It is out of scope of Pythonmultiprocessing, and, as I perceive it, from
the stdlib as a whole to be able to allocate specific cores for each subprocess -
that is automatically done by the O.S. (and of course, the O.S. having an interface
for it, one can write a specific Python library which would allow this granularity,
and it could even check core capabilities).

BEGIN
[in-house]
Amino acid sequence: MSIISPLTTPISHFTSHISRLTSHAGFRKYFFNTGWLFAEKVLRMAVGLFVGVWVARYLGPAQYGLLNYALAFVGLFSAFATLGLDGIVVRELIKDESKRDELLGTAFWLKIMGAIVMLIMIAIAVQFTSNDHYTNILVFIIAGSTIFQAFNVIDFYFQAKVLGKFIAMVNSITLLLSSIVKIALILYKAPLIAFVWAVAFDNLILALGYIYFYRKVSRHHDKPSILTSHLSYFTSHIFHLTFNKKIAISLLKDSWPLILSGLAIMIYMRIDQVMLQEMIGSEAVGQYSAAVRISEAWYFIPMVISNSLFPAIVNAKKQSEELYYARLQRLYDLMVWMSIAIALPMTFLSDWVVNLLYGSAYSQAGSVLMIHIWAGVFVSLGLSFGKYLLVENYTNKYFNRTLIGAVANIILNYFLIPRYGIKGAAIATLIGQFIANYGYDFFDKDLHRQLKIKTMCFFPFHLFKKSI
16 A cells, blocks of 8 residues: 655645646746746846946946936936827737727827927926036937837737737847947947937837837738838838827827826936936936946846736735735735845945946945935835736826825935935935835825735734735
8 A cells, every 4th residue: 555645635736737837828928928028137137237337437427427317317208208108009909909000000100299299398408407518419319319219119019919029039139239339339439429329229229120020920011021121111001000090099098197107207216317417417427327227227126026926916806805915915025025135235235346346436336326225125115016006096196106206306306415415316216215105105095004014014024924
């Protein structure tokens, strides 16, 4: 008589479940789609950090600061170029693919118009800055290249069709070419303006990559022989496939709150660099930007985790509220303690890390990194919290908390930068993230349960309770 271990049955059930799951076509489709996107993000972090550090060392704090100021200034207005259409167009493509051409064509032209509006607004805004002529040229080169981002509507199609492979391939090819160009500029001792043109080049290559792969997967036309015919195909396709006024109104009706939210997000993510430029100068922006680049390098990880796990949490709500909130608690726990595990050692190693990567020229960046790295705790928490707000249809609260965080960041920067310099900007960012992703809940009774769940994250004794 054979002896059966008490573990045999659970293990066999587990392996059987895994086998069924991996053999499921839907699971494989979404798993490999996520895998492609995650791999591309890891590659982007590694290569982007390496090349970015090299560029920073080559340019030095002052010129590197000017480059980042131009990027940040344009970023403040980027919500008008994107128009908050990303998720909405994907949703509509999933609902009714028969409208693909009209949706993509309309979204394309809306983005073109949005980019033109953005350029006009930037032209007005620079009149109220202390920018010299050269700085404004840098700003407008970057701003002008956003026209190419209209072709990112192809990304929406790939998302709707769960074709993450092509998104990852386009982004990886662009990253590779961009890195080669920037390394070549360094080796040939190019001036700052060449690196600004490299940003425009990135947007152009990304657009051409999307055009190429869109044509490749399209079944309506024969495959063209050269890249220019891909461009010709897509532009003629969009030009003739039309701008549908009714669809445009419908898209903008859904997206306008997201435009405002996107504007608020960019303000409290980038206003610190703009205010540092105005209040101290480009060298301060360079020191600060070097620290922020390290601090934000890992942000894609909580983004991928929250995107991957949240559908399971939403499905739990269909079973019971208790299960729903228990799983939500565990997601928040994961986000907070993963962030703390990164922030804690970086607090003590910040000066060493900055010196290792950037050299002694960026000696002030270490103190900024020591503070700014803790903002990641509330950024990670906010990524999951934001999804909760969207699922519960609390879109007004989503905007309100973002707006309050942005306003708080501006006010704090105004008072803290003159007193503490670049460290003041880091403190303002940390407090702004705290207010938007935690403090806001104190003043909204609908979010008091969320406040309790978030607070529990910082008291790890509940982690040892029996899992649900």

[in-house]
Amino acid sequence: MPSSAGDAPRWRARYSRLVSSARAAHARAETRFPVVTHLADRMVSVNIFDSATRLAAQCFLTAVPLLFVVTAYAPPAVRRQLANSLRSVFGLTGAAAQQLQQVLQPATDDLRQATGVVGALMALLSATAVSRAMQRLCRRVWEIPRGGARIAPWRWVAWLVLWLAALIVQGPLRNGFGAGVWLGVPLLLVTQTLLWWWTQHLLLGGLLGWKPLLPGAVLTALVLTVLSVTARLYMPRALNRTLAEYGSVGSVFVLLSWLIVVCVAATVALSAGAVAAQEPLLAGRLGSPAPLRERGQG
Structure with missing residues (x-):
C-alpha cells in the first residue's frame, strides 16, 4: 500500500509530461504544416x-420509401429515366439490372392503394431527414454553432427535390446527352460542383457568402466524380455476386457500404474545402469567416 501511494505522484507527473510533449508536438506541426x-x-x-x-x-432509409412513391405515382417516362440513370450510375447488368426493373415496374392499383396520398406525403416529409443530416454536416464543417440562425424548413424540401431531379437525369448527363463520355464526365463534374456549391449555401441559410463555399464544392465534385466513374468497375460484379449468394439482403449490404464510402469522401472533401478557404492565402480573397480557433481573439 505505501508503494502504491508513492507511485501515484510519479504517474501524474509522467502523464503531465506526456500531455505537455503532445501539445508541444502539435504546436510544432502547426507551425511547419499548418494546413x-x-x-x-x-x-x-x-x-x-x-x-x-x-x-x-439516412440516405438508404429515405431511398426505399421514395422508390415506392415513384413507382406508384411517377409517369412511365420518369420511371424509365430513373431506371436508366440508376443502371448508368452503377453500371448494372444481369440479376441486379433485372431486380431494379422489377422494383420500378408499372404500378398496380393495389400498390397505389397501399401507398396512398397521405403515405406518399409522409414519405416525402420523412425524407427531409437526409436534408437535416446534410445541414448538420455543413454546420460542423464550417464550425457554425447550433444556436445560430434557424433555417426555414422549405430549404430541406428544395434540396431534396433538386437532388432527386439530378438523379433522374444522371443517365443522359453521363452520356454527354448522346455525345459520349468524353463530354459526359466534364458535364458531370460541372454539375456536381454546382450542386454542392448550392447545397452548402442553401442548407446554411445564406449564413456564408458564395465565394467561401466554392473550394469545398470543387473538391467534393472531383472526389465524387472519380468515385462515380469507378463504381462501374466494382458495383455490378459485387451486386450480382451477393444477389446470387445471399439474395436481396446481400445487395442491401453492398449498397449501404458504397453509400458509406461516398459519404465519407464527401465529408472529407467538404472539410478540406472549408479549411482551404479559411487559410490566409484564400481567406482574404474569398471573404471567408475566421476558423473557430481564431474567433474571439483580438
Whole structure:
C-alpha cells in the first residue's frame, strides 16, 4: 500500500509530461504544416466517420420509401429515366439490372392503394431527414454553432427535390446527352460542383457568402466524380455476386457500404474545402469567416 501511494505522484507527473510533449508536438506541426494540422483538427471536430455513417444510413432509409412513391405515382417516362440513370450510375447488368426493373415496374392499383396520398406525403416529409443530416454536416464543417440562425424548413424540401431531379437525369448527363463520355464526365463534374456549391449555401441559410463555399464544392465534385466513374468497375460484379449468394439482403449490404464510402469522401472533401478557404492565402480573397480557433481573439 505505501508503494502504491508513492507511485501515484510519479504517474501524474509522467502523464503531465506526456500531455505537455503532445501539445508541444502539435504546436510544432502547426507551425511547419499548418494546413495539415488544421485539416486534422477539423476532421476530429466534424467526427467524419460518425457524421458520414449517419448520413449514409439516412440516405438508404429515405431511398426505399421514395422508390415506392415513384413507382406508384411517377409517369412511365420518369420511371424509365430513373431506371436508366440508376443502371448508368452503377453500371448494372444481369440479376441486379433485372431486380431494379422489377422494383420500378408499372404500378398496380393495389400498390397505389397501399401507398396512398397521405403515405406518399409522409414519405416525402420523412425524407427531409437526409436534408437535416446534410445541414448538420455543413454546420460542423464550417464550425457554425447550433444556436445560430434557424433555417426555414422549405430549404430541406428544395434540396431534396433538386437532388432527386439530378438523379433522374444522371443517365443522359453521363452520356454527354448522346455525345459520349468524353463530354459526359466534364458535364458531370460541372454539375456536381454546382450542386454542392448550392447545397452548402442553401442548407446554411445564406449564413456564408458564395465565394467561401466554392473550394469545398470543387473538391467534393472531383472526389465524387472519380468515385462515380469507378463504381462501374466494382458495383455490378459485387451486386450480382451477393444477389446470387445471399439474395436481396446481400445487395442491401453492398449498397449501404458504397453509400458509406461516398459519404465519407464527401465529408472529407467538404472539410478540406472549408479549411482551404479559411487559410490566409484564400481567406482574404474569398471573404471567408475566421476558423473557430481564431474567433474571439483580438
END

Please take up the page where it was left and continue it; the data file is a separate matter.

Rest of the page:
As it stands however, is that you simply have to change your approach:
instead of dividing yoru workload into different cores before starting, the
common approach there is to set up worker processes, one per core, or
per processor thread, and use those as a pool of resources to which
you submit your processing work in chunks.
In that way, if a worker happens to be in a faster core, it will be
done with its chunk earlier and accept more work before
slower cores are available.
If you use "concurrent.futures" or a similar approach, this pattern will happen naturally with no
specific fiddling needed on your part.